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Sky Sports: Axel Witsel to Leave Dortmund, Denis Zakaria Linked as his Replacement

Axel Witsel has been linked with a move away from Dortmund. Here are some thoughts on his declining numbers and his future with the squad.

RB Leipzig v Borussia Dortmund - Bundesliga Photo by Stuart Franklin/Getty Images

As they say, father time is undefeated. The day will always come when a fan favorite must depart, and for one of Borussia Dortmund’s most notable players from the past five years, who has been a constant mainstay in the midfield, such a departure might be on the horizon.

According to Sky Sports, Axel Witsel is interested in a January transfer away from Borussia Dortmund. Sky reports that Juventus are pursuing Witsel, but I’m sure there are a number of clubs that could be interested in his services. According to the article, both parties are amenable to a transfer: Witsel to secure a role at another club, and BVB because Witsel doesn’t fit into their plans for the future. Ideally Marco Rose would only need to play Witsel sparingly, once Mahmoud Dahoud and Emre Can return from their injuries. Witsel has every right to want more playing time, so it makes sense that he would want to move to a team that would see him as an integral part of the squad.

The Sky Sports article mentions Borussia Mönchengladbach’s Denis Zakaria as a possible replacement. I could say plenty about Zakaria, but for now I’d like to stick to Axel Witsel (if the links continue then we’ll write about Zakaria). Nonetheless, Sky aren’t the only source that have reported his potential move out of Dortmund.

When Axel Witsel tore his Achilles tendon last season it seemed to many people, including myself, that it would end his career with Borussia Dortmund. An Achilles tendon injury is devastating to anybody, let alone a player in his early 30s. Despite the potential seriousness of his injury, Witsel managed to recover in six months, in time to feature for the Belgian national team during the Euros and start the season fully fit with BVB.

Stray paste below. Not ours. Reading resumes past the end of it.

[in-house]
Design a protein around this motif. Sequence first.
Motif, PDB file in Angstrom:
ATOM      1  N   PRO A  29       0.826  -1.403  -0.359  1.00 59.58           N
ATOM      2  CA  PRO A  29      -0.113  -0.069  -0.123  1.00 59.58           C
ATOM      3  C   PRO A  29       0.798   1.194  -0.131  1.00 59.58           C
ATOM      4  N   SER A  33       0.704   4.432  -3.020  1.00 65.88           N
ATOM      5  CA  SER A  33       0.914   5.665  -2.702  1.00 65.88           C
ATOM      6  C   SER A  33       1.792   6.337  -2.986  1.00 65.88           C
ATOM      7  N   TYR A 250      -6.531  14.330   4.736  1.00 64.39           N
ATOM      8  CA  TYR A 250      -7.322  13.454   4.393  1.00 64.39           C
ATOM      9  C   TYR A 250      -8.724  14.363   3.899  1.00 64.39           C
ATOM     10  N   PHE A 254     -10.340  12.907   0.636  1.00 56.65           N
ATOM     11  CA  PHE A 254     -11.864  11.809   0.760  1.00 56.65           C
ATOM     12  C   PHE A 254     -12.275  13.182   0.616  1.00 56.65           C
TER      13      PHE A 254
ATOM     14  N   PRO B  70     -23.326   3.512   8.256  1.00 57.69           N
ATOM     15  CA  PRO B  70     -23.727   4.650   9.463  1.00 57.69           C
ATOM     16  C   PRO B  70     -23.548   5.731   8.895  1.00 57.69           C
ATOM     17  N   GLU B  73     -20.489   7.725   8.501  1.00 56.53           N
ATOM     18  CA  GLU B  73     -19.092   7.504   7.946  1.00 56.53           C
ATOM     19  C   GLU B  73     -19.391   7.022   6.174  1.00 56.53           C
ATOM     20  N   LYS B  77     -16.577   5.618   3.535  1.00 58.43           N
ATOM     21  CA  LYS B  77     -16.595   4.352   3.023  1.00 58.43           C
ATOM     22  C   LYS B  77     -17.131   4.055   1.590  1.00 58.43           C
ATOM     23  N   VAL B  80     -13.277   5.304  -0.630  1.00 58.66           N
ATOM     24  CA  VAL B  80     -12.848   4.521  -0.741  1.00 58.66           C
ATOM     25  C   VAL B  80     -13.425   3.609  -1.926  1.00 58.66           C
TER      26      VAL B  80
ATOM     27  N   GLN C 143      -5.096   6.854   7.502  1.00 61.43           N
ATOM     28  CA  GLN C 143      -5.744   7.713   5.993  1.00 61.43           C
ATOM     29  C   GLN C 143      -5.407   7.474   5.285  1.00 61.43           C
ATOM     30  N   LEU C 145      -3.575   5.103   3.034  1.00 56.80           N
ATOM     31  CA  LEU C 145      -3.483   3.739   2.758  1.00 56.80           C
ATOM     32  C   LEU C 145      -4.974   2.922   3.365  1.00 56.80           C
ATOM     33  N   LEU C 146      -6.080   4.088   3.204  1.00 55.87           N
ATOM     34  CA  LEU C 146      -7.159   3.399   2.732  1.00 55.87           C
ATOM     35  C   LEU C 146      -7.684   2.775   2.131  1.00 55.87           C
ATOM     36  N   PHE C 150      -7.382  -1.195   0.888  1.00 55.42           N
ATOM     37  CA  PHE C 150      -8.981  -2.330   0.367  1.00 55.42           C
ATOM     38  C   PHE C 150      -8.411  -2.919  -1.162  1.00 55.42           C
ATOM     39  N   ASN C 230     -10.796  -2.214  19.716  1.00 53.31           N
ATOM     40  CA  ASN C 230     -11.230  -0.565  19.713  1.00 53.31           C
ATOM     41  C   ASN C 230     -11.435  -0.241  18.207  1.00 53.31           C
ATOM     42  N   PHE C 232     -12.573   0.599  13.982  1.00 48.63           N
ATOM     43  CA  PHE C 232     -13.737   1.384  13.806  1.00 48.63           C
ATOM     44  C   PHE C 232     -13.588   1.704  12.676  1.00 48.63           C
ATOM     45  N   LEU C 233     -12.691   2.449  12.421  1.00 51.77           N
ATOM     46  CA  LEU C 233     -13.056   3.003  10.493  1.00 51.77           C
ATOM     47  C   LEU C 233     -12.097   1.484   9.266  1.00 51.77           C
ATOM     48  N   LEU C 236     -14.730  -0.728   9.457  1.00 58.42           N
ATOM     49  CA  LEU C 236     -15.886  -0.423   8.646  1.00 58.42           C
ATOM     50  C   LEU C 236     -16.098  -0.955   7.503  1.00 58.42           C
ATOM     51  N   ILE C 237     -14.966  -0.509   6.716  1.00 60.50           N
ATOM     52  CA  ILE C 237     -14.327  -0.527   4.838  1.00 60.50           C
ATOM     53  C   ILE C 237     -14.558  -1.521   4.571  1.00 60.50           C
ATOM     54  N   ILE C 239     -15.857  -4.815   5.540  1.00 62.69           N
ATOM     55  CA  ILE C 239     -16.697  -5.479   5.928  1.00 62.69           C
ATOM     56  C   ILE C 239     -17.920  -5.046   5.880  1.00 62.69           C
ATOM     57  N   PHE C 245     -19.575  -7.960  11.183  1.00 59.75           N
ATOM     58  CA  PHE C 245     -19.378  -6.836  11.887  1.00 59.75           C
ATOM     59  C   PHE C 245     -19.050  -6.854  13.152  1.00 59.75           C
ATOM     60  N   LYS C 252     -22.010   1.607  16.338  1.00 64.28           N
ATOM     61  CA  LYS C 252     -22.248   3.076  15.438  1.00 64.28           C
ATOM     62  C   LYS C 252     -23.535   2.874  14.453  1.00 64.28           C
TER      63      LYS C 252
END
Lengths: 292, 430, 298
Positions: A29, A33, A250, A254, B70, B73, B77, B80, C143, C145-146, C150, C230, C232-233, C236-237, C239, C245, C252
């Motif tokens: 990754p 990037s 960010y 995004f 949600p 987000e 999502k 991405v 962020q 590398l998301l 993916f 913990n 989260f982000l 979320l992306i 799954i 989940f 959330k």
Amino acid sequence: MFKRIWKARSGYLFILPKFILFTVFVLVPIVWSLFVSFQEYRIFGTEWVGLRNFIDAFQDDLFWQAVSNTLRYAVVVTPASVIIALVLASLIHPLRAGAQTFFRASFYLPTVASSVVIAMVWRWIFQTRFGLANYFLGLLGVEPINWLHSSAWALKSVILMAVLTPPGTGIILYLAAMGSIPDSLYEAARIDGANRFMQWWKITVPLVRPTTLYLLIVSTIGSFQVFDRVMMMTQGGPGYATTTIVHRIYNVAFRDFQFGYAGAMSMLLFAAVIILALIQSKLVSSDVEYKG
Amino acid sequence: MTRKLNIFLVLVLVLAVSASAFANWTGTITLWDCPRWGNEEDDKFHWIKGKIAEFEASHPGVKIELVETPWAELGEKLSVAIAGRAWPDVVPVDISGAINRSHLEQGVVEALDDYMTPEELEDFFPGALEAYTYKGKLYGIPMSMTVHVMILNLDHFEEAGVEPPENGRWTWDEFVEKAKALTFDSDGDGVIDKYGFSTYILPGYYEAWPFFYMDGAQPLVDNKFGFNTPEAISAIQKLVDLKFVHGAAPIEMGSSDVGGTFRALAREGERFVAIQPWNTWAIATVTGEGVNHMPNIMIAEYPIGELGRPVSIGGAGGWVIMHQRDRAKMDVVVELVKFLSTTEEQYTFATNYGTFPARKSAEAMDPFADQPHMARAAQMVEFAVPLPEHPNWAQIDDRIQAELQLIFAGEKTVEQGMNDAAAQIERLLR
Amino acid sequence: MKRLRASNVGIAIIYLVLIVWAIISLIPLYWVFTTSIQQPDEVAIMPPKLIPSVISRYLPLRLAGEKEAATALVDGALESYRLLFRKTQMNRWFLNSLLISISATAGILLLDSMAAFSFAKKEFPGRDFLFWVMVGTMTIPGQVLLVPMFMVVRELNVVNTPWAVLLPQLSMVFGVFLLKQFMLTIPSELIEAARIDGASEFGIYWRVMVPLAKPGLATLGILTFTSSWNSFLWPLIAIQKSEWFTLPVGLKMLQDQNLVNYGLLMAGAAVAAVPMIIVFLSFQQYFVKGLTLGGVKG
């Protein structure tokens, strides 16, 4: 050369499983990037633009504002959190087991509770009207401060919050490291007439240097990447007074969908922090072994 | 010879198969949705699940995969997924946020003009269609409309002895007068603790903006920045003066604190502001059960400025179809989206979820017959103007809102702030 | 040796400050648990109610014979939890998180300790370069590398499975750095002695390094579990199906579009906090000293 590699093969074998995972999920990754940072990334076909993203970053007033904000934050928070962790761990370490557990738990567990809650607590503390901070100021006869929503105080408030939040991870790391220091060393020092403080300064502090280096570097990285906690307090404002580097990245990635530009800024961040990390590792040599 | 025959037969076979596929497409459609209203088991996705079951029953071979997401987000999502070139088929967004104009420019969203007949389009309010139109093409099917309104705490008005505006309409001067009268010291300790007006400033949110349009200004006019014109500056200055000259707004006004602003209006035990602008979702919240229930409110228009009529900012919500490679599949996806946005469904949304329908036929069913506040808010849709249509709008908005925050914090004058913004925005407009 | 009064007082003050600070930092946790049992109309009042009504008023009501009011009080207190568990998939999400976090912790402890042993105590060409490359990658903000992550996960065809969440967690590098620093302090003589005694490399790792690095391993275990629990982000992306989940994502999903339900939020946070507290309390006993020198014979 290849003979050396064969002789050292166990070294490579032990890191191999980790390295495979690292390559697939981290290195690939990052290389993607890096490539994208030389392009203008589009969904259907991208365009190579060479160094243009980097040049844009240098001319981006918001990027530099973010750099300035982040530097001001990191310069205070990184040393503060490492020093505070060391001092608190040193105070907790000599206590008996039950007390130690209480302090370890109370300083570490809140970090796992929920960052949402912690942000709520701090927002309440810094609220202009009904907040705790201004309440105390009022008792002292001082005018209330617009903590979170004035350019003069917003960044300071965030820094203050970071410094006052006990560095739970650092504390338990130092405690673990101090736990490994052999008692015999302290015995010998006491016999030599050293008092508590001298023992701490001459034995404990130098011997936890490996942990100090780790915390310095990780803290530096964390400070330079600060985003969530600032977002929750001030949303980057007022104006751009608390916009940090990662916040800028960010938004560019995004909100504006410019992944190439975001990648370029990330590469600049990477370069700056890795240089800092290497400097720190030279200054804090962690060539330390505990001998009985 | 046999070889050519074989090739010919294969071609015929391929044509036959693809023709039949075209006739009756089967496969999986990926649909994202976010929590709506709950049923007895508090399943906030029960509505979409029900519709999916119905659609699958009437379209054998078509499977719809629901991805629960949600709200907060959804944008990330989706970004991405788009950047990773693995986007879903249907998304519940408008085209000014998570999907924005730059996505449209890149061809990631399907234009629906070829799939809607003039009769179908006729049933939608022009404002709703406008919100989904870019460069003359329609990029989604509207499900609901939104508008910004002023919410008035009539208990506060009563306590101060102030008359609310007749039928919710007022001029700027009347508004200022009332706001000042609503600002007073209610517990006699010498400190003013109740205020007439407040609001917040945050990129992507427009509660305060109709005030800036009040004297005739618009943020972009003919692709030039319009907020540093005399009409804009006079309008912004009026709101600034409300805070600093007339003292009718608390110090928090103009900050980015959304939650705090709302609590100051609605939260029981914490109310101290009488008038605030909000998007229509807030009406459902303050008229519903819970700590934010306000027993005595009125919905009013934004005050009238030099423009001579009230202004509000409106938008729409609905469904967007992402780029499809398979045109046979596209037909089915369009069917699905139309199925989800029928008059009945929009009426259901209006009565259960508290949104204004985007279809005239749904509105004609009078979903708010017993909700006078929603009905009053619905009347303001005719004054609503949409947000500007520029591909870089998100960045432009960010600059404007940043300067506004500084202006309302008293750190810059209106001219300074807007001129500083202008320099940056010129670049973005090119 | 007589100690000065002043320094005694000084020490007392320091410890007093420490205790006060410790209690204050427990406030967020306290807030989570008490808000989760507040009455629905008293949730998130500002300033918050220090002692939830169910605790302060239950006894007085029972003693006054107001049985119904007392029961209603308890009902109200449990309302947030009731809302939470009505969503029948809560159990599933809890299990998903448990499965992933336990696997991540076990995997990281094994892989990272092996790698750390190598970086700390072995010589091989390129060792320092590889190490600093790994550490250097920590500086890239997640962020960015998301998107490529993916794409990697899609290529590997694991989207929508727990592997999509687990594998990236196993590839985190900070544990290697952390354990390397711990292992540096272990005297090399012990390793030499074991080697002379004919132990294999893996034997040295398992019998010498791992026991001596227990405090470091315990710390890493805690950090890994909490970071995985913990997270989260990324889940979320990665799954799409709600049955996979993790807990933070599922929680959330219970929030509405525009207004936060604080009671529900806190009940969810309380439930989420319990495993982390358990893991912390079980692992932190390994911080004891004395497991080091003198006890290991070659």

As you all know, Witsel’s good health at the start of the season turned out to be the exception and not the rule. Nearly every other midfielder in the squad who could possibly emulate his defensive role has been injured. Going into the season, Marco Rose probably would have wanted to rotate Witsel as much as possible to avoid aggravating his Achilles, prevent fatigue, and to shelter him from fast teams that he can’t compete with any longer. With the constant injuries to Emre Can and Mahmoud Dahoud, Marco Rose has instead been forced to ride Witsel into the ground. He has the fifth most minutes of any player in the squad in all competitions, and has run the fourth furthest distance of any BVB player.

Witsel’s injuries and constant usage are starting to take their toll on his caliber of play. He was never particularly quick, but his pace has really fallen off a cliff since he returned, and the lack of reinforcements in midfield have allowed opposing teams to isolate him more. His pass accuracy rate is high as always, but his progressive passes/90 have decreased dramatically, from an average of 3.74 over the past three seasons to 2.89 this season. This indicates that he’s frequently making safe passes along the back line instead of moving the ball forward, which used to be one of his strengths. His key passes, or passes that lead directly to shots, have also decreased. His progressive carries/90 have decreased from 4.93 over the past three seasons to 2.77 this season, an indication that he isn’t able to run with the ball as effectively as he used to either. I could rattle off more stats that indicate his decline, but I’m sure you get the point. Most people seem to agree that Witsel’s play has suffered in the new season, and if Sky Sports are to be believed, then BVB’s front office feels the same way.

To be fair to Witsel, none of this is his fault. He’s been very good for Dortmund for years, and the fact that he recovered at all from an Achilles tendon injury, especially at his advanced age, speaks to his work ethic and perseverance. He’s also been given a workload far above what would be expected due to BVB’s constant midfield injuries. All these factors have conspired against Witsel, and his play has suffered as a result.

While Witsel has done his best for Borussia Dortmund, it may be best for both parties if he moves on. The Bundesliga is one of the highest-pace league in the world. Maybe Witsel would thrive better for a team like Juventus in Italy, where he can keep up with the pace of the game more easily.